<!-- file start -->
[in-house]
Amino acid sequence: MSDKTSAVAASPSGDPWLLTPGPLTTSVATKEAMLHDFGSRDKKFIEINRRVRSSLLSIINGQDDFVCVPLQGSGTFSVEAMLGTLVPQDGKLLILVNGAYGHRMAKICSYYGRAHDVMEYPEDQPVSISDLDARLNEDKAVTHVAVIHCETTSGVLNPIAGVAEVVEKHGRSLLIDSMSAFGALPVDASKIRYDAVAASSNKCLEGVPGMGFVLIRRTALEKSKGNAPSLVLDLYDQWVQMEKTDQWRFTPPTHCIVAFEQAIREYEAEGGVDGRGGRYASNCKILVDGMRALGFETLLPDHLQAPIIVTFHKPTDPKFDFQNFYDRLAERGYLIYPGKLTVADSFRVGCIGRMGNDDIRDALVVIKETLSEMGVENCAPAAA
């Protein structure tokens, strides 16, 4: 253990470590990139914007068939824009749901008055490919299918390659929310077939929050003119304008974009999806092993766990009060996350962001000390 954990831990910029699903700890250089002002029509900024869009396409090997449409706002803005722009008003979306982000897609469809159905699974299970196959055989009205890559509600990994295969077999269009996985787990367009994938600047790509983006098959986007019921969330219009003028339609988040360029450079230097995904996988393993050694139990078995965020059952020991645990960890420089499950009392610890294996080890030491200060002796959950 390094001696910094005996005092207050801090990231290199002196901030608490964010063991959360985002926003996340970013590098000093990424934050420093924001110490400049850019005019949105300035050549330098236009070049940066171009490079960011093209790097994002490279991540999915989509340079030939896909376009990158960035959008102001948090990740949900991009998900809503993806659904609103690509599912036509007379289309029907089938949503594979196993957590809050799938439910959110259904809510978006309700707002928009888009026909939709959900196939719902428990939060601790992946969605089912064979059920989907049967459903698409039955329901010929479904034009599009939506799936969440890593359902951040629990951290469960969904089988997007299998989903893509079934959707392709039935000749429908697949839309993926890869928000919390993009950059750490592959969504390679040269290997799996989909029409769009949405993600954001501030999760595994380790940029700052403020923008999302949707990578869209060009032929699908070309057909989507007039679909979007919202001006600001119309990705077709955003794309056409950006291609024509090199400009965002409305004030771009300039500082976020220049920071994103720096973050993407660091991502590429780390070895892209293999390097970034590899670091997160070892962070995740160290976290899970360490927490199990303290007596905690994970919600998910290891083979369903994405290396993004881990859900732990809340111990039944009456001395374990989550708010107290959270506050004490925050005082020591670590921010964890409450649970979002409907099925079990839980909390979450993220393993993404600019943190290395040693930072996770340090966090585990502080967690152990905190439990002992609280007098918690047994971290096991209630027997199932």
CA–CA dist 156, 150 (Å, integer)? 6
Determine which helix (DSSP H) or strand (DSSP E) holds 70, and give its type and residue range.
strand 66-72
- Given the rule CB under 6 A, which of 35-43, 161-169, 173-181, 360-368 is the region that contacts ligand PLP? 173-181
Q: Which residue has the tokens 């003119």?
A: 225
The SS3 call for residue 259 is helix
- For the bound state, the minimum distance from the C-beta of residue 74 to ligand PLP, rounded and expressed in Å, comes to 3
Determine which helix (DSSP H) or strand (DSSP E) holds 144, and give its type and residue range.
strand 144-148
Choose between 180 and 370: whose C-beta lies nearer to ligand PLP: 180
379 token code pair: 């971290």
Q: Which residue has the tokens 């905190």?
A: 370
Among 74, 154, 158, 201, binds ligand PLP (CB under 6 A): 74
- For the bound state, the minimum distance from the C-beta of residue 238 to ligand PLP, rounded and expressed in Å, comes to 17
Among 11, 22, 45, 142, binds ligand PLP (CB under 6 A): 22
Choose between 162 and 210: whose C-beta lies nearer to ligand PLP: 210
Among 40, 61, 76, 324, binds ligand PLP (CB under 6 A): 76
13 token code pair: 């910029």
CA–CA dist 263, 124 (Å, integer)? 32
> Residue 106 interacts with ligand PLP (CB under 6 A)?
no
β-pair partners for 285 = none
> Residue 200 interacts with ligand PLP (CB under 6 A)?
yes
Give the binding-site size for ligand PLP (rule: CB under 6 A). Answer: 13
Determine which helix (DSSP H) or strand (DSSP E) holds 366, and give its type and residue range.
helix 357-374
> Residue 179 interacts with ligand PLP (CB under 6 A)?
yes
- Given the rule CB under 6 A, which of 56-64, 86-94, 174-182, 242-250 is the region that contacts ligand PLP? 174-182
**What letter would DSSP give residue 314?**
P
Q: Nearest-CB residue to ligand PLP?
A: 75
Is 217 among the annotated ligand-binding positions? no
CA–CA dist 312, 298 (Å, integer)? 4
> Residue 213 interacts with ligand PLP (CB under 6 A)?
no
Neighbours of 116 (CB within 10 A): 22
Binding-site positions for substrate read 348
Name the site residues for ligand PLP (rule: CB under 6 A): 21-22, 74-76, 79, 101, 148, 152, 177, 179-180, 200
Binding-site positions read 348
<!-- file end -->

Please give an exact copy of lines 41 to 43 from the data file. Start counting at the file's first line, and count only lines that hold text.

CA–CA dist 312, 298 (Å, integer)? 4
> Residue 213 interacts with ligand PLP (CB under 6 A)?
no